Research studies have in the past linked dog’s kidney failure to the high proportions of protein presence in dog’s diet. Is your dog safe from these shocking revelations? If these allegations are true then you could be risking your pet friend’s life by feeding him/her on too much protein. But is it really true?
Those research studies that indicated a link between kidney dysfunction/failure to dog diets high in protein have been disputed over time, the dispute is centered on the fact that the research studies were done on rats and not dogs. Rats diet is chiefly composed of plants, that makes rats digestive system intolerant to proteins because they have difficulty excreting protein and not because they’ll die from kidney failure.
What about dogs “Is too much protein bad for dogs, right?” you ask. Do your own research and poll half a dozen nutrition specialists (not the guy who runs the local pet shop) and here is what you will find: There is no general agreement among expert nutritionists regarding what constitutes “too much” protein in the dog’s diet. Research shows that dogs have a high capacity for digesting and utilizing diets containing more than thirty percent protein on a dry weight basis. (Dry weight basis means the food with no moisture present.
Dry dog food in a bag usually has 10 percent moisture and canned food has about 74 percent moisture.) If left to catch and consume prey to survive, as wild canines do every day, dogs’ diets would be even higher in protein than what is generally available commercially.
Think about this… do you ever see a stray dog grazing in a corn or barley field to allay its hunger? Nature has created a meat-eating machine in the dog and every day in practice will see the health benefits displayed by the feeding of meat-based diets. Dogs fed poor quality diets look and feel great only if their caretakers also feed table scraps such as chicken, meat, eggs, cottage cheese and other “left-overs.” Meat such as chicken, poultry, beef or fish should be the first ingredient listed in any dog food you judge to be “the best”.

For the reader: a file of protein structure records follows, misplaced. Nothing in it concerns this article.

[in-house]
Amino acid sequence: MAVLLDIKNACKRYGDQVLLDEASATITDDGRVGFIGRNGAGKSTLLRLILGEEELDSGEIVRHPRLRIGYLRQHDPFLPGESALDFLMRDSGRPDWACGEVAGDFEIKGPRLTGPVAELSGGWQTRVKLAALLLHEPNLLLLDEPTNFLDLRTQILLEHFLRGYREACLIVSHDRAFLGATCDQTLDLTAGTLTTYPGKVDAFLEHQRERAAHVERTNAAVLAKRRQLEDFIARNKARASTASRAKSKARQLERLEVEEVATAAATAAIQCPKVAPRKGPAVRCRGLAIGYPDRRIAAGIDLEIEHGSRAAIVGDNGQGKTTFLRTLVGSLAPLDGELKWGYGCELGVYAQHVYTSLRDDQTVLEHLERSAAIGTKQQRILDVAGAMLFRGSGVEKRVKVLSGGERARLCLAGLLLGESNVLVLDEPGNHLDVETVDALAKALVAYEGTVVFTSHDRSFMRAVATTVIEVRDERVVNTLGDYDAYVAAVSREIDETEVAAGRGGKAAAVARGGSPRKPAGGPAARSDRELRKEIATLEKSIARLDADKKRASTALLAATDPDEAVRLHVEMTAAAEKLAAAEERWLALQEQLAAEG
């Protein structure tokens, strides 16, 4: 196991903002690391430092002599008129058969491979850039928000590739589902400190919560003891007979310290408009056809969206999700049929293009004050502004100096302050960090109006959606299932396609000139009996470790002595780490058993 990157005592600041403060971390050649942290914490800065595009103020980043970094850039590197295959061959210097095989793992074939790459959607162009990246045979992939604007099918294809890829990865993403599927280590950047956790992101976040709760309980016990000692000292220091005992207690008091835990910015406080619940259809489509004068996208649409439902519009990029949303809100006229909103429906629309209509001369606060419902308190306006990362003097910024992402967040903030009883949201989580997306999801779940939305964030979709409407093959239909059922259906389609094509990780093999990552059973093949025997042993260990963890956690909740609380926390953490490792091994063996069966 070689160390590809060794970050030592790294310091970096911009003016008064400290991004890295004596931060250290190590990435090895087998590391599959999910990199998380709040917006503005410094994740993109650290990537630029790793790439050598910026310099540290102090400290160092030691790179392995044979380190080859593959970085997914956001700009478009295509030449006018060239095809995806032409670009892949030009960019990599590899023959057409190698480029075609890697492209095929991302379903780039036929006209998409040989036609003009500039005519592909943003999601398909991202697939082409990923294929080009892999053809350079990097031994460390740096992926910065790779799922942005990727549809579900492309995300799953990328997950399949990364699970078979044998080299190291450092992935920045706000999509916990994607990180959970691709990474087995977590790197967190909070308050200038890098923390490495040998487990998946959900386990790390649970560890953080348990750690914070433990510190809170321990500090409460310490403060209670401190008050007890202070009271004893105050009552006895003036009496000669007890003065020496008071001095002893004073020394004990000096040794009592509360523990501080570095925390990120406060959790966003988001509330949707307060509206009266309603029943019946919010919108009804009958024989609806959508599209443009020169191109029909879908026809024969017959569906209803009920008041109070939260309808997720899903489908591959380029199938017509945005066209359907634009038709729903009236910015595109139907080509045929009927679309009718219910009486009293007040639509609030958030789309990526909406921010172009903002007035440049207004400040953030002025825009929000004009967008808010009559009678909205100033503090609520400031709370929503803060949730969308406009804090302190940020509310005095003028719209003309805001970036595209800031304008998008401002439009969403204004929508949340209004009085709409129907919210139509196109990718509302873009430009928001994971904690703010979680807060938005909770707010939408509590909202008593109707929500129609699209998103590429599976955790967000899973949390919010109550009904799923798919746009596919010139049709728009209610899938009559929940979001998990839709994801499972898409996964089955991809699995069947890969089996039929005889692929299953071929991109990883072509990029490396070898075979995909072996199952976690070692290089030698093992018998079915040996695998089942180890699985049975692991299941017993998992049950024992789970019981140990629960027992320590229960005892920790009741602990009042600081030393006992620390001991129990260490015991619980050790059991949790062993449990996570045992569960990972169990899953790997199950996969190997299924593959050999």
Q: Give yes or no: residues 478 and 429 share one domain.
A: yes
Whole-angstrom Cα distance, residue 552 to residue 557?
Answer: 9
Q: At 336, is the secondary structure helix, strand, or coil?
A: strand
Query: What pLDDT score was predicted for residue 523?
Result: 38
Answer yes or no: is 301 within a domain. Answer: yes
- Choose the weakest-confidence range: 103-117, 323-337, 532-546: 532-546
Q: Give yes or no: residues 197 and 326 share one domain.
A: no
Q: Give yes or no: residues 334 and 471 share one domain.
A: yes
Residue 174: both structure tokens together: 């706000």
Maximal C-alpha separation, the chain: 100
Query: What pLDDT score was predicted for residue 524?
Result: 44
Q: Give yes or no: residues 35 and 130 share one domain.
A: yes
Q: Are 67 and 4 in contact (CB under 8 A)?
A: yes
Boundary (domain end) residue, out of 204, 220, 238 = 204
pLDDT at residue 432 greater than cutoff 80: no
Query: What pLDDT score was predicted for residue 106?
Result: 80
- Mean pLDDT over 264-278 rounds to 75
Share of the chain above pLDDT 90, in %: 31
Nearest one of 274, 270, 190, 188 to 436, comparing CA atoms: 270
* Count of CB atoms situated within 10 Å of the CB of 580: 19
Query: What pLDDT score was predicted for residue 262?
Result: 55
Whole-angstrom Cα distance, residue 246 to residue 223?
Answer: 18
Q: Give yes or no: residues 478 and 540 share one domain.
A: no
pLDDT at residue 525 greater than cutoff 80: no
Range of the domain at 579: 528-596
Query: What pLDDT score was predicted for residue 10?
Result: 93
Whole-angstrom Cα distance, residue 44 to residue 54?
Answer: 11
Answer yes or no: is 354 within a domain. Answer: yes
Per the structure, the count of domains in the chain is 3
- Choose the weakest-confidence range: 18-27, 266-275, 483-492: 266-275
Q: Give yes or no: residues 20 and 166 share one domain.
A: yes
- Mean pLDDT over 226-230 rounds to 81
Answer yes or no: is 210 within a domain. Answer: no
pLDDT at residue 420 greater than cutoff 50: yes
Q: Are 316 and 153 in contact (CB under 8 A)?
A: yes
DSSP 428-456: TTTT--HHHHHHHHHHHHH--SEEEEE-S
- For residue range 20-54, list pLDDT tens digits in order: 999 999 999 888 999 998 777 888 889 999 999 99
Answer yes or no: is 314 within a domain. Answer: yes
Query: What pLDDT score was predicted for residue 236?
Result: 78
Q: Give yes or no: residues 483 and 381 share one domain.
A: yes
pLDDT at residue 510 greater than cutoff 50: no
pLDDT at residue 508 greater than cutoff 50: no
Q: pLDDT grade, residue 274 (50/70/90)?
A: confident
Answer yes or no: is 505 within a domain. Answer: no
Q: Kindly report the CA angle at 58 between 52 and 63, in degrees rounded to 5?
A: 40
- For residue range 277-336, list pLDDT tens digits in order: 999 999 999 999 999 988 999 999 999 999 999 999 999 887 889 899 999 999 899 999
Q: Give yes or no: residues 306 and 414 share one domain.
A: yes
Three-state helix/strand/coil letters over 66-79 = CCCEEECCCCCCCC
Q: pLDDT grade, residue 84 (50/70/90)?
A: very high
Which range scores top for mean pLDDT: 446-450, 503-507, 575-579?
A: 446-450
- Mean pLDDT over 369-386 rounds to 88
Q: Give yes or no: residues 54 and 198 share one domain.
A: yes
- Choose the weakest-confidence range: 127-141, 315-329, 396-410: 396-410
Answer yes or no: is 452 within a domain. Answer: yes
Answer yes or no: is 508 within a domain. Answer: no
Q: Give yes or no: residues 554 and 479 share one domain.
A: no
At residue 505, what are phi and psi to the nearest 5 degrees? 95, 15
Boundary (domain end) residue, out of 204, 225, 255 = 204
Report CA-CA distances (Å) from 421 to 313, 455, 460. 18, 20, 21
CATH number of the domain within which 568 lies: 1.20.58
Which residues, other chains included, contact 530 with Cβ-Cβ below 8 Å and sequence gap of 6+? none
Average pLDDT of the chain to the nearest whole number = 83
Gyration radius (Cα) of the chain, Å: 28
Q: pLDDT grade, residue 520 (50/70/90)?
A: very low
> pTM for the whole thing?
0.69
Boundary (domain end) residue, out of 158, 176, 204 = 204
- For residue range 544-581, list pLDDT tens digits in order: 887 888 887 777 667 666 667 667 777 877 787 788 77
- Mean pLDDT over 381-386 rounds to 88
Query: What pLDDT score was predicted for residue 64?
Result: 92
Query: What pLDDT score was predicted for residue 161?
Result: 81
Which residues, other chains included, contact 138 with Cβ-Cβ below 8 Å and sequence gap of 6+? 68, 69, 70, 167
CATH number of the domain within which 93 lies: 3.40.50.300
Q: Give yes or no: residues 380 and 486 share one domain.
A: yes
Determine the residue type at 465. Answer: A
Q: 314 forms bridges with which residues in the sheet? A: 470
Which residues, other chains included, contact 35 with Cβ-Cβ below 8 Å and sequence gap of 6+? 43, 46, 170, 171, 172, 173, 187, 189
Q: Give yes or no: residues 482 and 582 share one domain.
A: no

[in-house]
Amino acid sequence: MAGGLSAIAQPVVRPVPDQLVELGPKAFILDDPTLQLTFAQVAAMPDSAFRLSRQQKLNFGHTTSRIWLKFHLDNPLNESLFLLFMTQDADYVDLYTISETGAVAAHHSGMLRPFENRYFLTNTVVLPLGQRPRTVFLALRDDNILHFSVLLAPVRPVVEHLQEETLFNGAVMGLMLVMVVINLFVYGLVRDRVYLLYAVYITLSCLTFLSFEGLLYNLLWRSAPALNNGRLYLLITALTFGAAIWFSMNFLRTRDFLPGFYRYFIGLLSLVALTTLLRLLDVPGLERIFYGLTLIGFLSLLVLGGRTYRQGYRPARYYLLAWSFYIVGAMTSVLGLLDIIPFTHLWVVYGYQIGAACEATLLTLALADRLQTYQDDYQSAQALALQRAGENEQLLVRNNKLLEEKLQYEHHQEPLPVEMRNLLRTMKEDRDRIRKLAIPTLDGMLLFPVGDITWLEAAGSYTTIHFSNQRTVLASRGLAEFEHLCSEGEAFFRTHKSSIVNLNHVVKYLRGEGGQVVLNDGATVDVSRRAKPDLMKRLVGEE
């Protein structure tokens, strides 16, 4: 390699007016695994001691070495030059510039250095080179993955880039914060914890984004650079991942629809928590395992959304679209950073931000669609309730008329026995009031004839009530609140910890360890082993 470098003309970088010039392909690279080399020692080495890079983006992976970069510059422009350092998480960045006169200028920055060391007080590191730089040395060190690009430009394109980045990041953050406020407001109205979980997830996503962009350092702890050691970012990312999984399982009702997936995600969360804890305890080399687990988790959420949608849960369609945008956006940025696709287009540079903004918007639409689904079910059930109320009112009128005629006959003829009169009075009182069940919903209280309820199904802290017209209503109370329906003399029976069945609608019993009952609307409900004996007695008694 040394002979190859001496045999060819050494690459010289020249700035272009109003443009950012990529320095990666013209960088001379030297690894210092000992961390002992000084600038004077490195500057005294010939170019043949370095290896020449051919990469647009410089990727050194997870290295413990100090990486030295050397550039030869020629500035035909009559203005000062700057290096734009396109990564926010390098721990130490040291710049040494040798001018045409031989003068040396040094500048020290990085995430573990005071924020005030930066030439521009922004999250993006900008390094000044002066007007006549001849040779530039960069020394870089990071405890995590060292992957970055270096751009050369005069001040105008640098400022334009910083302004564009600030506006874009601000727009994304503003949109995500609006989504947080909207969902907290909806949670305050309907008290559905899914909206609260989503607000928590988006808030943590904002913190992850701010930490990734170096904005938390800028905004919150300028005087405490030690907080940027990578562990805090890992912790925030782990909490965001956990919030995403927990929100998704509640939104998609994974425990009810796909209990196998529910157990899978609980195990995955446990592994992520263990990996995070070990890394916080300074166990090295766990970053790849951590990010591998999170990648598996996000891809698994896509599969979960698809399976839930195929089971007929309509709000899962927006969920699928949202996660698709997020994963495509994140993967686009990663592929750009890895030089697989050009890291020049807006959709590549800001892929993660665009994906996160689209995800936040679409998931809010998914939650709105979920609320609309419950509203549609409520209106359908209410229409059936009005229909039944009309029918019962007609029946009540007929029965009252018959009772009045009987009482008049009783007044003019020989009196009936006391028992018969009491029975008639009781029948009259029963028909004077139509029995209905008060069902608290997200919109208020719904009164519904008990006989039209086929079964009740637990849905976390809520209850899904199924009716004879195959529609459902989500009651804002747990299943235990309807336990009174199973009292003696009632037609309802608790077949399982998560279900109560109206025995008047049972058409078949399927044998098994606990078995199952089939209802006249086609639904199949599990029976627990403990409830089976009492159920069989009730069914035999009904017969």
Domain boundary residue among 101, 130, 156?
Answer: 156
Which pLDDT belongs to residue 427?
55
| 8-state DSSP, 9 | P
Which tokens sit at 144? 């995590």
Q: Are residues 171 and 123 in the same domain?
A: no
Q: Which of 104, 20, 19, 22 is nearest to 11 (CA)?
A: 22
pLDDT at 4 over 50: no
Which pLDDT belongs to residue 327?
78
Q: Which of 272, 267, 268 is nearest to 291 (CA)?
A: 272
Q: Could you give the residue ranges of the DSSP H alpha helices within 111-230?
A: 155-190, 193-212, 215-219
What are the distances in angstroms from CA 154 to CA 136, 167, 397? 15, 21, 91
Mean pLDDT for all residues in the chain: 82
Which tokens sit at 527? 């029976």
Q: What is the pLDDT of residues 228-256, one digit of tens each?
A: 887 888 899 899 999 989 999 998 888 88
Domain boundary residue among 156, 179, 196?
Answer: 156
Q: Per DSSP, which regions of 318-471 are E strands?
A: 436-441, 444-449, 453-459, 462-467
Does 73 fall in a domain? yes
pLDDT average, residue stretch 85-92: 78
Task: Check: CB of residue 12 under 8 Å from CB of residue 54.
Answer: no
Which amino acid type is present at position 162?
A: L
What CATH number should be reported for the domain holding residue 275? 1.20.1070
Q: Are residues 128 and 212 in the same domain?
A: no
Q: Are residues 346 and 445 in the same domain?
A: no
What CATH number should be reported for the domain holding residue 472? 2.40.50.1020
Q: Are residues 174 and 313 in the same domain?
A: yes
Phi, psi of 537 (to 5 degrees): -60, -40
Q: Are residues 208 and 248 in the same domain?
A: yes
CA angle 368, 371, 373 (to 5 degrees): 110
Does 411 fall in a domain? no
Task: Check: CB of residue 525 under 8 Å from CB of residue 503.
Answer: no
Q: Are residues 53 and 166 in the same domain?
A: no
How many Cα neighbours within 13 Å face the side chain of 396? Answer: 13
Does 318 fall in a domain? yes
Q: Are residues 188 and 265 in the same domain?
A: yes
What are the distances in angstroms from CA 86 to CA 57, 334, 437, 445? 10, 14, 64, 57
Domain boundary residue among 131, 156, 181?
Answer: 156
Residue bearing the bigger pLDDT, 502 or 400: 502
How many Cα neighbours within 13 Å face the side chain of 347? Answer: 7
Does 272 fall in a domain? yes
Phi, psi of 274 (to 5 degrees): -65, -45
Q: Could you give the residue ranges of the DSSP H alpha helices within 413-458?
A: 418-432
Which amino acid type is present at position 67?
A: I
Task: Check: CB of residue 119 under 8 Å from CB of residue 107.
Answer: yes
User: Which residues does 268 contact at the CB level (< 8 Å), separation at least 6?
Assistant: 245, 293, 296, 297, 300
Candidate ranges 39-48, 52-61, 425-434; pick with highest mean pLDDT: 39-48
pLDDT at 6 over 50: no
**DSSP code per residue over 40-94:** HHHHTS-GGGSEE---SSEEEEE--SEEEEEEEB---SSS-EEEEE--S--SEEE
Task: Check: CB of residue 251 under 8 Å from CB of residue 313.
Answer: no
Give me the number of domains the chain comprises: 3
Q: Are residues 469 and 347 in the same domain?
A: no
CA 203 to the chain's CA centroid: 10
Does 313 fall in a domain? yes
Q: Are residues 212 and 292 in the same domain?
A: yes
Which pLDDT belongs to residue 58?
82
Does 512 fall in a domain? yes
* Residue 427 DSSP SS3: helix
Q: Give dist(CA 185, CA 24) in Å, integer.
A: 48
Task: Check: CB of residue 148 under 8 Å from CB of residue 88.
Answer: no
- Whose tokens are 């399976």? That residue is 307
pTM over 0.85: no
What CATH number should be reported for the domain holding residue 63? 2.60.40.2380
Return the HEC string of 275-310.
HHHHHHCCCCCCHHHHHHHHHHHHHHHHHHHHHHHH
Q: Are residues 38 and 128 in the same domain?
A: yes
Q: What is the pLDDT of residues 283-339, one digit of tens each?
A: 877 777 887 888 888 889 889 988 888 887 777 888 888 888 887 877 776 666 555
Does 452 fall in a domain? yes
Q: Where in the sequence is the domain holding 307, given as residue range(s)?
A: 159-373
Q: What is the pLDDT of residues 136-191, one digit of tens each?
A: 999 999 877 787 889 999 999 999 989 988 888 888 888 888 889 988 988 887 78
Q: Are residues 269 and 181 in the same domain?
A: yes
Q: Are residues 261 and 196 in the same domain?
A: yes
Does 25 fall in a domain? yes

“But what about the senior dog?” you might ask. Most people will tell you that high protein diets are bad for older dog’s kidneys, maybe even your vet. But contrary to that this is what researchers have found out : In dogs that actually have kidney damage or dysfunction (regardless of their age) and that have a BUN level greater than 75, restricted protein intake may be beneficial but not because of any adverse impact on the kidneys. The protein these impaired dogs ingest should be of high quality such as is derived from eggs, poultry, and meat. On the other hand, high protein levels in a food DOES NOT cause kidney damage in the normal, healthy dog!
So what does that mean for the senior dog? It means that you should not restrict feeding high quality protein to older dogs just because they are older. There is even some valid research that indicates older dogs may need a higher percentage of protein in their diets than they required during middle age.
This shouldn’t be a surprise to us because dogs evolved through the ages as meat eaters. The grain-based fiber diets for dogs did not even exist until seventy years ago when we humans demanded the convenience, simplicity and economy of dog food in a bag.
The “sine qua non” is this, and it is based on fact… protein intake does not cause kidney damage in healthy dogs of any age. So whatever you choose as “the ideal” diet for your dog, make certain that an animal tissue source is listed first in the ingredient list. Your older dog or cat should, if its kidney function is normal, receive the benefits of a high quality diet rich in animal-derived protein.
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